Automotive strategy needed

There’s a vital question about where Canada will fit in the future global economy. This directly affects our jobs and living standards. And how well we are able to do in the fast-changing and increasingly high-tech automotive industry may be a good test case of our ability to succeed in a major global industry.

  • Nov. 12, 2014 9:29 p.m.

There’s a vital question about where Canada will fit in the future global economy. This directly affects our jobs and living standards.

And how well we are able to do in the fast-changing and increasingly high-tech automotive industry may be a good test case of our ability to succeed in a major global industry.

We will need more than natural resources for a strong economy. But if recent developments in our automotive industry are a sign of things to come, the future is not bright.

Our MPs don’t talk much about it, yet this is Canada’s key manufacturing industry with close to 120,000 employees and, after oil, is our leading exporter.

But Canada is falling behind in retaining and attracting new investment, losing ground to Mexico and the U.S., and is lagging even further in the new technologies that will dominate the future automobile.

According to the Centre for Automotive Research, of US$43 billion invested in the North American auto industry in 2010-2012, only five per cent was invested in Canada, and there are no signs of improvement.

But why are we not attracting more investment? Based on conventional economic theories there shouldn’t be a problem. For example:

l Canadians were told during the NAFTA debates that they had nothing to fear from downward pressure on wages from the U.S. South or Mexico. Our higher productivity would offset any lower-cost labour advantage.

Yet it is Mexican workers, or lower-paid workers in U.S. southern states who are attracting investment and new jobs — despite the fact that Canadian autoworkers have made concessions. Mexican workers are just as capable of being trained to work in automated auto plants as Canadian workers, and for less money.

l Canadians were told that they did not have to worry about loss of competitiveness for investment and jobs because our exchange rate would automatically adjust, restoring competitiveness. If weak competitiveness was costing us jobs, our dollar would decline, making us competitive again.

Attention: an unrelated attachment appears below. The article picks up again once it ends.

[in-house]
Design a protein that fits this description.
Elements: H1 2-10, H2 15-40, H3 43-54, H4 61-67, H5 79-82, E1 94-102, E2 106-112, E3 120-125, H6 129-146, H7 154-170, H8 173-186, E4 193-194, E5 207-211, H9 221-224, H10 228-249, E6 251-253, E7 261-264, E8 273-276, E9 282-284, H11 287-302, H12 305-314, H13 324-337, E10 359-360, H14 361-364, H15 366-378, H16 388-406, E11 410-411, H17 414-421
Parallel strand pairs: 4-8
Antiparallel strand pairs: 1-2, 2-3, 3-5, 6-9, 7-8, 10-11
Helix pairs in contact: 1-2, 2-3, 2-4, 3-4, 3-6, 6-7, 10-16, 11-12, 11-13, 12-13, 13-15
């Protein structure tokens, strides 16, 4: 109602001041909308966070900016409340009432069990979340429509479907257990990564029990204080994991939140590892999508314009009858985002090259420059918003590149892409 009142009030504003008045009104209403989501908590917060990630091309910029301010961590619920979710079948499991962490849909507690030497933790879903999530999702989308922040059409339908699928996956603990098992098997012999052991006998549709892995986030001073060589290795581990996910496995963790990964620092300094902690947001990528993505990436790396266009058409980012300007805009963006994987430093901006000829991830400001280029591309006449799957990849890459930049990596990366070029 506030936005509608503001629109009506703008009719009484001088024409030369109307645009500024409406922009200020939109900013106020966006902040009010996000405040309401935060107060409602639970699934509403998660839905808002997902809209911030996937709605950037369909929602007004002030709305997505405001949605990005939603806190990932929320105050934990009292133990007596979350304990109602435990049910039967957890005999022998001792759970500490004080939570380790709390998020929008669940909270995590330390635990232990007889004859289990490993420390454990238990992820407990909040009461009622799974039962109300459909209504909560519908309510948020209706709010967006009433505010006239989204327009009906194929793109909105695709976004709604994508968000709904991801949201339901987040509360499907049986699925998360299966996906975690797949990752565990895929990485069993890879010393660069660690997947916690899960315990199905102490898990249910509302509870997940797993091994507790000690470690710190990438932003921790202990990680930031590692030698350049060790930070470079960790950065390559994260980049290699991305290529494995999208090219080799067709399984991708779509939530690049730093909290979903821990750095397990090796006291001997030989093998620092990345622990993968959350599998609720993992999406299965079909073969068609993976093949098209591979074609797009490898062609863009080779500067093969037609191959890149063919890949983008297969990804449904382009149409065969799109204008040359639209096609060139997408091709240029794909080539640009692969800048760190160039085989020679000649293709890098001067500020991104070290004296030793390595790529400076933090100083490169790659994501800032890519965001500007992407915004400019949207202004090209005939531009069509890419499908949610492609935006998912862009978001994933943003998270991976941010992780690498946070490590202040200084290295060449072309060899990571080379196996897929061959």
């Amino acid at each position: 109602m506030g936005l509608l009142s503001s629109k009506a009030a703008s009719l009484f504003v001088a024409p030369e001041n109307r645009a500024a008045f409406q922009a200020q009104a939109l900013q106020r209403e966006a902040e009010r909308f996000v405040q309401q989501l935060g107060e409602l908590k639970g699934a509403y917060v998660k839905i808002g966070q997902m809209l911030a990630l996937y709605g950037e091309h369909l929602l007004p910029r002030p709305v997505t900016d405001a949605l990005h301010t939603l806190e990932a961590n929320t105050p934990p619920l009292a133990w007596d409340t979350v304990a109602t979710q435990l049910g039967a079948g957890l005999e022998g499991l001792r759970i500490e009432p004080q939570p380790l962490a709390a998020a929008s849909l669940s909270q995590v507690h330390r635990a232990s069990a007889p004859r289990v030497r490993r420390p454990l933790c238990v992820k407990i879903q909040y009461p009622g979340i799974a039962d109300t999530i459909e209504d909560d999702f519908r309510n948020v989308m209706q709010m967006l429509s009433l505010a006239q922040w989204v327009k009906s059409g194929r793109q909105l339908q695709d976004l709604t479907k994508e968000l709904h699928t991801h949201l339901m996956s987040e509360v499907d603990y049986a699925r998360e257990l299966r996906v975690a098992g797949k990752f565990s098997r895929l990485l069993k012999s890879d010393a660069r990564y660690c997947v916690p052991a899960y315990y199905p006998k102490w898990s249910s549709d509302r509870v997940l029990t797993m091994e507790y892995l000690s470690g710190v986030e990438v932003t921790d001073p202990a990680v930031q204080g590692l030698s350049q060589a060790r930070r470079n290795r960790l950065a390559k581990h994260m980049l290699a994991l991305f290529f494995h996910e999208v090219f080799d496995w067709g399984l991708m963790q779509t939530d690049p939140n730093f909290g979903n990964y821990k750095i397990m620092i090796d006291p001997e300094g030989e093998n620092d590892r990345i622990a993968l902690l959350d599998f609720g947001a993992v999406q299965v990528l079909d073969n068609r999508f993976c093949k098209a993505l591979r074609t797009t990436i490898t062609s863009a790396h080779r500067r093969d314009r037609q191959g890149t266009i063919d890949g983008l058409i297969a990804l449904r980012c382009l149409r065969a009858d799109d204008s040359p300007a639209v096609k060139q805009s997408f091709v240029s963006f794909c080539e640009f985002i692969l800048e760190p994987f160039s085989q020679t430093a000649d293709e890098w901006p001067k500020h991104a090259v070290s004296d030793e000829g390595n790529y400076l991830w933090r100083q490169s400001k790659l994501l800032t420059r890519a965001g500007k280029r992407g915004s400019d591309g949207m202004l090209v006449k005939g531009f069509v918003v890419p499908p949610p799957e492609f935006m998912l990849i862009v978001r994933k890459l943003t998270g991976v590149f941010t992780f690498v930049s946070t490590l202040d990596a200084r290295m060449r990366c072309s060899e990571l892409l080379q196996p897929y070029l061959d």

But that hasn’t happened. Our dollar has soared despite Canada losing significant manufacturing investment and jobs.

l Canadians were told that if we had low corporate taxes, that this would attract investment because tax rates were a key factor in investment decisions.

Today, our government boasts that Canada has one of the lowest corporate tax rates. Yet this has not led to a surge in investment and job creation. Auto companies haven’t rushed across the border from Michigan or Ohio to Ontario because of a lower tax rate here.

l The Bank of Canada and Finance Canada told Canadians not to worry about the high exchange rate — this, they said, would significantly lower the price of imported high-tech machinery and equipment, enabling Canadian companies to modernize, increase productivity and become much more innovative and competitive.

It didn’t happen on any scale. In the auto sector, investment largely dried up.

What has really been happening is that the U.S. and Mexico have made it a much higher priority to attract major auto plant investments.

There’s a reason for this: The presence of a major assembly plant means there will also be a large number of auto parts plants which, in total, may employ many more people than the assembly plant, so the economic benefits outweigh the costs of incentives.